Xbox has been in a bit of a rut this generation. It launched with confused messaging - is this a device for games or TV, the world asked - and weaker technical specs than its competition, all for a more expensive price. And while things have certainly turned a major corner since those early days, Xbox still lacks a solid slate of first-party games and exclusives (high profile cancellations like Fable Legends and Scalebound certainly haven't helped in this regard).
Simply put, coming out of E3 2018, Xbox needed a solid win. Did it get one?
Halo leads with questions and vagueness
Xbox's press conference kicked off with a mysterious trailer that had everyone wondering just what it was we were looking at. The camera panned over a variety of landscapes, showing us wooded forests, vast deserts, and steamy jungles, among other biomes. We saw deer and rhinos stampeding across the plains, but still no one could tell what this was teasing. As the music swelled and we began to see more human figures, decked in military garb, it became clear: this was a Halo game.
Sure enough, the camera pulled back to show a Spartan holding its helmet as it looked down across a sprawling valley. Then we saw a Warthog speeding along a cliff as the iconic melody became clear and one more pan, upward, to show that we were on a Halo ring, beacons firing into the sky. "Halo Infinite," the text read, as the trailer ended with the shot of a Spartan plugging in an AI chip into its helmet.
My reaction: Awesome! I can't wait to hear more about this! Is it open-world? Is it different from Halo 6? Was that Master Chief we saw? If so, how come his helmet and armor looked different? So many questions! And then... nothing. Phil Spencer took the stage, saying that "With Halo Infinite we will join Master Chief on his greatest adventure yet to save humanity," which is about the most 'well, of course' statement ever, and... that's it. No release window, no talk about the game's designs, no one from 343 to wax philosophical. Nothing.
This might feel like me picking on Xbox's handling of Halo, but it was emblematic of a recurring theme throughout the press conference: Come back next year.
The Microsoft Studios family grows
Nestled between reveals and trailers, Spencer also took a moment to let everyone know that four studios had been acquired and added to the Microsoft Studios family, those four being Playground Games, Undead Labs, Compulsion Games, and Ninja Theory. If you want more information on these developers, be sure to check out our breakdown of their histories and what they might be working on next.
While each of these studios is a great addition to the Xbox family and I'm glad to have them working on Xbox content, I couldn't help but hear the message again: Come back next year! There's nothing to show just yet, but look at all these great studios! They're going to be put to work on some super cool stuff! You'll see it next year!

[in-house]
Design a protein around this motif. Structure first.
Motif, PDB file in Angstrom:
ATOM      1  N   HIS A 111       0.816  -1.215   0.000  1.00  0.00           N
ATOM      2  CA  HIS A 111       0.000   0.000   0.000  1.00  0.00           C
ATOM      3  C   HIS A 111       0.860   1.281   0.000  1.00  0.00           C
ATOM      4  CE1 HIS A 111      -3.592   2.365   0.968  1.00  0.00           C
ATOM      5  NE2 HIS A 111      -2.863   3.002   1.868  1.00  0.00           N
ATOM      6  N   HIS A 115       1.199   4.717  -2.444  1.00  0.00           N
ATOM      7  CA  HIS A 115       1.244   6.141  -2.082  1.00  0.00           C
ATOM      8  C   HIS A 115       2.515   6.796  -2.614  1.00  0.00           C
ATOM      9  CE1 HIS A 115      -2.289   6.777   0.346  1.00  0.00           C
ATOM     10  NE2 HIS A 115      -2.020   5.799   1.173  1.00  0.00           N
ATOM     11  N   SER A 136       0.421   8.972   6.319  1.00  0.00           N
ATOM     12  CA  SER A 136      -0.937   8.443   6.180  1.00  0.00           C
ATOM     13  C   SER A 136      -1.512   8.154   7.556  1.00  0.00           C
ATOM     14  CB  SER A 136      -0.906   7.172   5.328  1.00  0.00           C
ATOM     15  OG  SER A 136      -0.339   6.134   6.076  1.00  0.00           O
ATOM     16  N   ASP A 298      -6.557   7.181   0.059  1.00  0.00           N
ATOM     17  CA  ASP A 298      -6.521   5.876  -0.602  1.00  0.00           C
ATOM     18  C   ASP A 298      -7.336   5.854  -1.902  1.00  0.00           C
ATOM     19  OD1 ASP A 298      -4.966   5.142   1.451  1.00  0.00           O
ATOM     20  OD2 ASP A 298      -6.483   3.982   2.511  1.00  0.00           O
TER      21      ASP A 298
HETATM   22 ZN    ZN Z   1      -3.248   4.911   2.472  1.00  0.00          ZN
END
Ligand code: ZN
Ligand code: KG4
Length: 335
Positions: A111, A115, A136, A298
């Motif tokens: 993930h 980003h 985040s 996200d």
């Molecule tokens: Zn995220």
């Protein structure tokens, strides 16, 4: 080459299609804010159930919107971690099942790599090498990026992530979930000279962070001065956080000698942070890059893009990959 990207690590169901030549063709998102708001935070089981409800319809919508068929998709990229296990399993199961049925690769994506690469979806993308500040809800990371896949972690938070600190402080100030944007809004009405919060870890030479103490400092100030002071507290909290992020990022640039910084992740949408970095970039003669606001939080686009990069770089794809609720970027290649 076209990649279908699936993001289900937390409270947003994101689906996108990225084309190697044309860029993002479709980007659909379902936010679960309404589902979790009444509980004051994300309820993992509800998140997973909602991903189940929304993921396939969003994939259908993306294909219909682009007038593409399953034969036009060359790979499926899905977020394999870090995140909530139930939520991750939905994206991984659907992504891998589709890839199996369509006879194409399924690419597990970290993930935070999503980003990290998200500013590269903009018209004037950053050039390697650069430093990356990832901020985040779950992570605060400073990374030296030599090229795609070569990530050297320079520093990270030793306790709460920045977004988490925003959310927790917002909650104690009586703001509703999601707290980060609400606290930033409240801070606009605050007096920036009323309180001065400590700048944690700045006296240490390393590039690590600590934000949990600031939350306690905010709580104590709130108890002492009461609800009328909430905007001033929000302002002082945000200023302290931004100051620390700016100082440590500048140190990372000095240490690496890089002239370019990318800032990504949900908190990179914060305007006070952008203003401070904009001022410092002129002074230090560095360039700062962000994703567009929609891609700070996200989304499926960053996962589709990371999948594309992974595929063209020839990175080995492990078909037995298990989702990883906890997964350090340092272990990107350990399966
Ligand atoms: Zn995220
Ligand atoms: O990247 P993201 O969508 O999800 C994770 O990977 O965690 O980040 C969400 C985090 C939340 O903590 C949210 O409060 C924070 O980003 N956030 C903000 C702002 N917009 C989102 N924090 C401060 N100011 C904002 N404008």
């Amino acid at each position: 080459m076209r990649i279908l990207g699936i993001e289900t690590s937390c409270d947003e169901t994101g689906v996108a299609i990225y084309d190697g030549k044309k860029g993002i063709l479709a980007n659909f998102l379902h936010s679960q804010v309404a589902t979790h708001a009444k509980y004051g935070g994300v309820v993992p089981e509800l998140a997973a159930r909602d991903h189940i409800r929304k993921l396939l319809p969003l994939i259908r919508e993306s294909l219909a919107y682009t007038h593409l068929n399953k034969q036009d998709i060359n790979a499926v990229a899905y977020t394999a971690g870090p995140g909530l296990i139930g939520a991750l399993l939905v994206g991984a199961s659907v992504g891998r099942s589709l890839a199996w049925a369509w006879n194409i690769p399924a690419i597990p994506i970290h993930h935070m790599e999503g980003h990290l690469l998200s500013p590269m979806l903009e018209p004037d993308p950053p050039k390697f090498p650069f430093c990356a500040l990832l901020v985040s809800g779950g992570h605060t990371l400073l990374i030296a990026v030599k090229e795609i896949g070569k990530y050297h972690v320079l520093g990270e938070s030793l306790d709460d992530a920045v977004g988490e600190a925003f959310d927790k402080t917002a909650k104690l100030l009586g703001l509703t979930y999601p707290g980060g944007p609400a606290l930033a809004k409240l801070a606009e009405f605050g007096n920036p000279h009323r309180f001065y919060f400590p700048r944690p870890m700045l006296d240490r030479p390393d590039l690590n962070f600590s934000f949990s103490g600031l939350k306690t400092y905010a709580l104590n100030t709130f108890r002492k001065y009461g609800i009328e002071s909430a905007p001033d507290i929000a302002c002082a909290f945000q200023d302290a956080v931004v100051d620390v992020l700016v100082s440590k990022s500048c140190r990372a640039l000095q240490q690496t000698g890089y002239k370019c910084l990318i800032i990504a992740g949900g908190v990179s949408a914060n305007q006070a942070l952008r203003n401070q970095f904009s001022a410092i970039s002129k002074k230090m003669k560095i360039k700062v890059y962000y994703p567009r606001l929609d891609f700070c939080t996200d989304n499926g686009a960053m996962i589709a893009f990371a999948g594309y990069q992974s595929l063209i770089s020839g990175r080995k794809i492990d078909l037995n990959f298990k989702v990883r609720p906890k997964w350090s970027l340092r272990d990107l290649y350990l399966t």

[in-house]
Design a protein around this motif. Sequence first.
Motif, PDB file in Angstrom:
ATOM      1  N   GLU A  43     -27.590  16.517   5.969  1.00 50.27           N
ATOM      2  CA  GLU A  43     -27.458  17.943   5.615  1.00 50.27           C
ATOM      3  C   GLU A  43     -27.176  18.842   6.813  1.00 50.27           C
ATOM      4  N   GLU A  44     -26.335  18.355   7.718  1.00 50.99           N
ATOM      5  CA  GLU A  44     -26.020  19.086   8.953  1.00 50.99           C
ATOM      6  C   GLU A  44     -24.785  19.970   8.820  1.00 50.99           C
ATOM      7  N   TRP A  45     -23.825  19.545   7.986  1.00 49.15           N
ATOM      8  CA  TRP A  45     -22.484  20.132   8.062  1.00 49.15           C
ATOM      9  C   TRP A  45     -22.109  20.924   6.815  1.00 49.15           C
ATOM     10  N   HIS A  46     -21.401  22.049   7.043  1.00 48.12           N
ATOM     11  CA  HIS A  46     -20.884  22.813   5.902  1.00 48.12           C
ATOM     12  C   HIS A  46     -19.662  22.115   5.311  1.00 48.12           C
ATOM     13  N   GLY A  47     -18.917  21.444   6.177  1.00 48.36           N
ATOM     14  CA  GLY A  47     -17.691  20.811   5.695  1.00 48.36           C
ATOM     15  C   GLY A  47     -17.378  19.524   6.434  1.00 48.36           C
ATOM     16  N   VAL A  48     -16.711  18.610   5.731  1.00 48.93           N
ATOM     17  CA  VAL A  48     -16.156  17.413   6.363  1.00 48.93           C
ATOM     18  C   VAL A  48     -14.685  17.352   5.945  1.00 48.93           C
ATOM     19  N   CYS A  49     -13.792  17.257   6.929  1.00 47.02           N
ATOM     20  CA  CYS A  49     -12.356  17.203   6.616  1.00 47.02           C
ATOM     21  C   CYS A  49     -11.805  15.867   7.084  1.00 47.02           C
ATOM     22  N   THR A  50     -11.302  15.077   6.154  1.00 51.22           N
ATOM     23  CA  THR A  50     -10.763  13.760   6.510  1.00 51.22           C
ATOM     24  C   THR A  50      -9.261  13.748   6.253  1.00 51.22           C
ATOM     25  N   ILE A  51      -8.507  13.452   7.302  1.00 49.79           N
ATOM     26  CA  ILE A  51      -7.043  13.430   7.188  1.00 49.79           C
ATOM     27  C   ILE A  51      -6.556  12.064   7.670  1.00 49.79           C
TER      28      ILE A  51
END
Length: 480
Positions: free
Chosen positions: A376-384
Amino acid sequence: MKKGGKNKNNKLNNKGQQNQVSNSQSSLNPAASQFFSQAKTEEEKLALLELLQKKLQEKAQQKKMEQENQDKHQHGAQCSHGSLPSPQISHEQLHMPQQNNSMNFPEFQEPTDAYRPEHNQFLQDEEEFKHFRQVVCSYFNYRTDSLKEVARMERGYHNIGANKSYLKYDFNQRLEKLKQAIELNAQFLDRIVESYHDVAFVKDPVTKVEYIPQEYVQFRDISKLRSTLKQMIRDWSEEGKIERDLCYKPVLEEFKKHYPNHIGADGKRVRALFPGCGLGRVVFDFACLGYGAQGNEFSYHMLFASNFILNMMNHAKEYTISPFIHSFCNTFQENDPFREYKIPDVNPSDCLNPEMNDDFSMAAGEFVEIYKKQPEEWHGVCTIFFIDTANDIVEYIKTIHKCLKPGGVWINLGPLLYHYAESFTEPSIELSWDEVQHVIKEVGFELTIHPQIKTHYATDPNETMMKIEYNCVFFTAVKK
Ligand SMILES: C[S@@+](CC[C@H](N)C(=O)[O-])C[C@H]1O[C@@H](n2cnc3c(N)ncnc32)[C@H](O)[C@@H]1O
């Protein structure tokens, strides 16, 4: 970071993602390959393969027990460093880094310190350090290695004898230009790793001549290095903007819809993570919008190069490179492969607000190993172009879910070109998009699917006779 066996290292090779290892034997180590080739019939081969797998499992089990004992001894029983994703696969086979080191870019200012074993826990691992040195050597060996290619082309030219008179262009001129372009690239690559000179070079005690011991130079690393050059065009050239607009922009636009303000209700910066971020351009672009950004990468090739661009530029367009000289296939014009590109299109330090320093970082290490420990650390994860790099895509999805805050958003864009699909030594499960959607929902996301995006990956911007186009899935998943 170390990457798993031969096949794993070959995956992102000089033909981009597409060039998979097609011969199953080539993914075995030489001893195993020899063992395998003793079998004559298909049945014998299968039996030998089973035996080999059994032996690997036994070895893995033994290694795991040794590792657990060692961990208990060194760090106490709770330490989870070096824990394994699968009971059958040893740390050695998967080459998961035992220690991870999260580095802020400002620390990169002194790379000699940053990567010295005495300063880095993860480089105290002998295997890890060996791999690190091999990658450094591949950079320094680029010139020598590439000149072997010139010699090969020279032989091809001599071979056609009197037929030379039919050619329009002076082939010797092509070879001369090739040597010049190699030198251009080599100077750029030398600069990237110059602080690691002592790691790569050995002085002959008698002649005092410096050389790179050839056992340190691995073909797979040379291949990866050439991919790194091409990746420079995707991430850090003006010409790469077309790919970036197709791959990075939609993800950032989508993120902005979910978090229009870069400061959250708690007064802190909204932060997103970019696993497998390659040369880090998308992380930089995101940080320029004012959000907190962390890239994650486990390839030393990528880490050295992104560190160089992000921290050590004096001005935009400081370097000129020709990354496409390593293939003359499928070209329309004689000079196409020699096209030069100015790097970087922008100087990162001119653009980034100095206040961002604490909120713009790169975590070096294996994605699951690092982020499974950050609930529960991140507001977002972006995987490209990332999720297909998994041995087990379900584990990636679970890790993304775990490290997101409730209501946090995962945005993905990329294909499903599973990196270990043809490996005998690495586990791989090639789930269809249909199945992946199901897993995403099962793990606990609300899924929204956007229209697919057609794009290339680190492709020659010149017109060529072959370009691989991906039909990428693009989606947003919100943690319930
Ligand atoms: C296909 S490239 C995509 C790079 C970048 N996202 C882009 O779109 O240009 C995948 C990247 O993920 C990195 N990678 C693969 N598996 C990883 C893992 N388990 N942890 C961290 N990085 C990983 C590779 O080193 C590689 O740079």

More game reveals. A montage of indies coming via the ID@Xbox program. An anime mashup fighting game featuring DragonBall Z, One Piece, Death Note, and Naruto. A new FromSoftware game set in feudal Japan called Sekiro: Shadows Die Twice (you didn't think they'd let Nioh be the only one of those in town, did you?). Forza Horizon 4. Crackdown 3. The Division 2. A Gears of War / Funko POP mobile game. Wait, what? Really? Really? Okay, that's... unexpected, but I'll try it. Battletoads? Battletoads.
And so many of them with the tag-line, "coming 2019". The biggest game coming to Xbox - and only Xbox - this year is arguably Forza Horizon 4. And don't get me wrong, I love Forza Horizon 3. Like seriously, I usually can't stand even semi-realistic racing games and I've easily put 100+ hours into driving around Australia's beautiful landscapes. So yeah, I'm looking forward to Forza Horizon 4. But unless you are a very specific type of person, it's not the type of game that makes you say "I need to buy an Xbox for this".
In a year when Microsoft has been criticized for not having exclusives to rival the likes of Sony's God of War or the upcoming Spider-Man, Xbox has a racing game. Again: a gorgeous racing game that I am looking forward to, but one I recognize as part of a smaller market. Halo, Gears, Fable, and the rest of Xbox's heavy-hitters either won't make it in time for Christmas or, in Fable's case, are completely absent. Come back next year.
Is Xbox the best place to play?
To Microsoft's credit, it did choose some fantastic games to show off during its conference. The Division 2 will no doubt appeal to the dedicated community that's stuck by the first game's side. Sekiro: Shadows Die Twice ought to satisfy those hungry for a new Dark Souls / Bloodborne experience. Fallout 76 will no doubt occupy many of our nights when it comes out. Hell, Xbox even confirmed Frozen for Kingdom Hearts 3, which is pretty dang cool (pun definitely intended).
And to close out the show with the now-expected 'one more thing' moment, Xbox gave us a look at Cyberpunk 2077. God is it pretty.
While Cyberpunk 2077 is not exclusive to Xbox, if Microsoft can maneuver its console as the place to play it, this could be a huge win. Still, for now, it's just the (very cool) trailer for a game we know is coming to other platforms. Probably in 2019.
Microsoft has managed to keep a lot of its promises in the past (Fable Legends and Scalebound notwithstanding). Phil Spencer says Xbox will be the best place to play. Do you believe him? I guess we'll find out in 2019.